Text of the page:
• There are a number of ways you can indirectly view the sun. All involve some form of projecting the sun's image onto a viewing surface.

    Pinhole Camera

    pinhole camera photo

    The simplest method is to make a pinhole camera. Using a sharp pin, poke a small hole in a piece of stiff cardboard. Stand with your back to the sun and hold the card up, allowing light to pass through the hole and project onto a flat surface that is in the shade. Never look through the pinhole at the sun. The greater the distance between the pinhole and screen the greater, but fainter, the image will be.

    This method is extremely good at showing large sunspots or the partial stages of a solar eclipse.

    If you are close to or on the eclipse path, look at the shadows of the leaves of trees near maximum eclipse. You will see lots of little crescents as the gaps between the leaves act like little pinhole cameras.


    Binocular and Telescope Projection

    projector image

    To see a larger, brighter image, you can use a pair of binoculars or a viewfinder to project the image of the sun. You can project the image of the sun onto a wall or onto a piece of white cardboard attached to a chair or some other movable object so the projection surface can be moved as the sun moves across the sky. I use a length of dowel to attach my cardboard view screen to the binoculars.

    To make viewing easier, you can put a cardboard disk or square around the binoculars so the projected image is in the shadow.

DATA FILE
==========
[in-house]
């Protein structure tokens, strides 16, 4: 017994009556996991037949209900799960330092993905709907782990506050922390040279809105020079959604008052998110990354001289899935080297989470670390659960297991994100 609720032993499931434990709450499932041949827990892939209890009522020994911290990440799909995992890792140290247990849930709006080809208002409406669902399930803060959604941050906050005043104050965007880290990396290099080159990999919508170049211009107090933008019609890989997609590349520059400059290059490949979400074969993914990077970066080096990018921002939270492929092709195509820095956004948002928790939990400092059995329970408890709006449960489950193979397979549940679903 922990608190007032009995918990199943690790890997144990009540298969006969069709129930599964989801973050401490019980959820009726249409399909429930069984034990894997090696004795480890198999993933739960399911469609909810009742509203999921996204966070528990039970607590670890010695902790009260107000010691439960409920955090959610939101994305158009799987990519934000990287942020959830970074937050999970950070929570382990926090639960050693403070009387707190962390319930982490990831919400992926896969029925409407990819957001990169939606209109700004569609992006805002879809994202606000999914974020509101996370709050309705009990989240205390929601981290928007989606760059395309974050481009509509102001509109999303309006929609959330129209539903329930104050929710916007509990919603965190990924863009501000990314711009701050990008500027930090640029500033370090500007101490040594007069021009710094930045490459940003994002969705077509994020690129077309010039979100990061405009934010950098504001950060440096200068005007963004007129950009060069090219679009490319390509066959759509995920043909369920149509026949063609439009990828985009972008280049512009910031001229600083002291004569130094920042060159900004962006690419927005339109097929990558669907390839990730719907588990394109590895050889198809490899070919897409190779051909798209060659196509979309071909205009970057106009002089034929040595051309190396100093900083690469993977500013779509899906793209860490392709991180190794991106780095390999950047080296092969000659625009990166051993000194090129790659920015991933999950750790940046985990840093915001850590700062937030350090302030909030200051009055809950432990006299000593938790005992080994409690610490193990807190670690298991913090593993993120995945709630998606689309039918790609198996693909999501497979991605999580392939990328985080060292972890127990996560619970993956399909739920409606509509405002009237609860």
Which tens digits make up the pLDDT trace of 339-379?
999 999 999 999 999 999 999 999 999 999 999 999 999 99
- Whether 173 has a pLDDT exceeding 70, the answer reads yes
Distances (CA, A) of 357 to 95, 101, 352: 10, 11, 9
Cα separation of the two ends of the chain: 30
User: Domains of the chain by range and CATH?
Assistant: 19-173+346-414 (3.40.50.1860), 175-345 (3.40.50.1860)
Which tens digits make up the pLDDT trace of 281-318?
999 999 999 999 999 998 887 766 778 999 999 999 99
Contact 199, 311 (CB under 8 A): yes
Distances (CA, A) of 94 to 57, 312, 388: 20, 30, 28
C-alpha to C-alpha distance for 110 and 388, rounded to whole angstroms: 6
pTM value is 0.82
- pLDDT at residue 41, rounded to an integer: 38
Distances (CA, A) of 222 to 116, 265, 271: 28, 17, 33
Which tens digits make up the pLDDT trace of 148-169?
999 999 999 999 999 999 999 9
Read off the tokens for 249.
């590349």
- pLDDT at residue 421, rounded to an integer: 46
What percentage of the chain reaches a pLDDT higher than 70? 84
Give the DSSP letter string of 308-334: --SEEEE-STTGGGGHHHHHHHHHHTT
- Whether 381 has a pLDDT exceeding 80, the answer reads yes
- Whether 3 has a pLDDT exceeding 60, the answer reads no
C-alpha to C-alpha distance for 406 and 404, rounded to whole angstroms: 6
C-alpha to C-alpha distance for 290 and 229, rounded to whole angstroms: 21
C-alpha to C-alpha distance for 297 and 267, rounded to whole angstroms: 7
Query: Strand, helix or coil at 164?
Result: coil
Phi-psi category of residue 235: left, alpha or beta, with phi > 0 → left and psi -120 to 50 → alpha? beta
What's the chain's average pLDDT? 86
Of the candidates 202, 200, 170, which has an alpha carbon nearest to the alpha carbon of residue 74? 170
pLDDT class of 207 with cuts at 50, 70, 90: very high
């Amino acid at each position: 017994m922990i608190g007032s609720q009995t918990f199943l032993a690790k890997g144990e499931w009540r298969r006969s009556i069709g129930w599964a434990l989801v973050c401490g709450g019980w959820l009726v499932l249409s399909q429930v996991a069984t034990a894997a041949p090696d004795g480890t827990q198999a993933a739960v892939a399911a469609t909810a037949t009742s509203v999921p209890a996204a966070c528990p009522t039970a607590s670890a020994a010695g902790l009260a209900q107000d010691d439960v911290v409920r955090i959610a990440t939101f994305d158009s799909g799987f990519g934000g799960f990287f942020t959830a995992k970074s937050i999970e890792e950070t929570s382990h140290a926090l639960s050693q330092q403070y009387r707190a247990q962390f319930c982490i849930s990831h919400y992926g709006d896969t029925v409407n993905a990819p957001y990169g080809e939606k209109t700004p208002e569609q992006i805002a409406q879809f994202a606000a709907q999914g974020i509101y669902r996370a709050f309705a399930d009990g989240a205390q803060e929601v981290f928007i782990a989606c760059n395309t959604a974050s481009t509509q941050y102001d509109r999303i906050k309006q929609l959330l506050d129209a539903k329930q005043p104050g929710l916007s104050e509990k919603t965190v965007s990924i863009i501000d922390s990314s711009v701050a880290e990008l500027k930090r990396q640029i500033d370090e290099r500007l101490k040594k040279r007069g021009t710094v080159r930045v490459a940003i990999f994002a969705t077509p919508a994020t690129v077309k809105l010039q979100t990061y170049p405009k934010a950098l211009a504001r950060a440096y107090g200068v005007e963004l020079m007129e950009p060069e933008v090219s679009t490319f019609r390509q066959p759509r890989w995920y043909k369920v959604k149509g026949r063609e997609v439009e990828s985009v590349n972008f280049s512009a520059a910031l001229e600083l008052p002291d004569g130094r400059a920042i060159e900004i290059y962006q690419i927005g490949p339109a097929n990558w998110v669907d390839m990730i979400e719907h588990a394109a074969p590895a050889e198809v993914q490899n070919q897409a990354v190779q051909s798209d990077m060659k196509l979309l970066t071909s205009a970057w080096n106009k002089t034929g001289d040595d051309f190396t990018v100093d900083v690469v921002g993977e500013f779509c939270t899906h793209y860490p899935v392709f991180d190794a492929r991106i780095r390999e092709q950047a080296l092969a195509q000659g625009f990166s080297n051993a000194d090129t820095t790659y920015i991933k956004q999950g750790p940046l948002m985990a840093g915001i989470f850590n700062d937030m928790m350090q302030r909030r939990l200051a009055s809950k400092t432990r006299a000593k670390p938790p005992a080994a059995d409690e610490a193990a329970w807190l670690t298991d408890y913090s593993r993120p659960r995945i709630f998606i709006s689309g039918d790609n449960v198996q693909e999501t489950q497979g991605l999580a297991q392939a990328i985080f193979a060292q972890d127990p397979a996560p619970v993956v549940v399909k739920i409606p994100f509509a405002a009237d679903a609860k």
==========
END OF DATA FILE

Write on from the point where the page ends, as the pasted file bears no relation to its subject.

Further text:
Never look at the sun through the binoculars. Also, make sure that onlookers and young children do not try to look through the binoculars while you are showing them the projected image.

    You can use a tripod and attachment to fix the binoculars in place, but be aware that the heat from the sun passing through it may cause damage to the glue and lenses so give them a break ever so often.

    You can also use a telescope to project an image. This will give you quite a detailed image and is good for watching sunspots being covered by the encroaching moon. Here it is best to attach the projection screen to the telescope as the image will drift significantly. Again, you have to be careful that the heat will not damage the telescope (reflecting telescopes are at risk of the secondary mirror being damaged), and that other people will not accidentally look into the projecting eyepiece.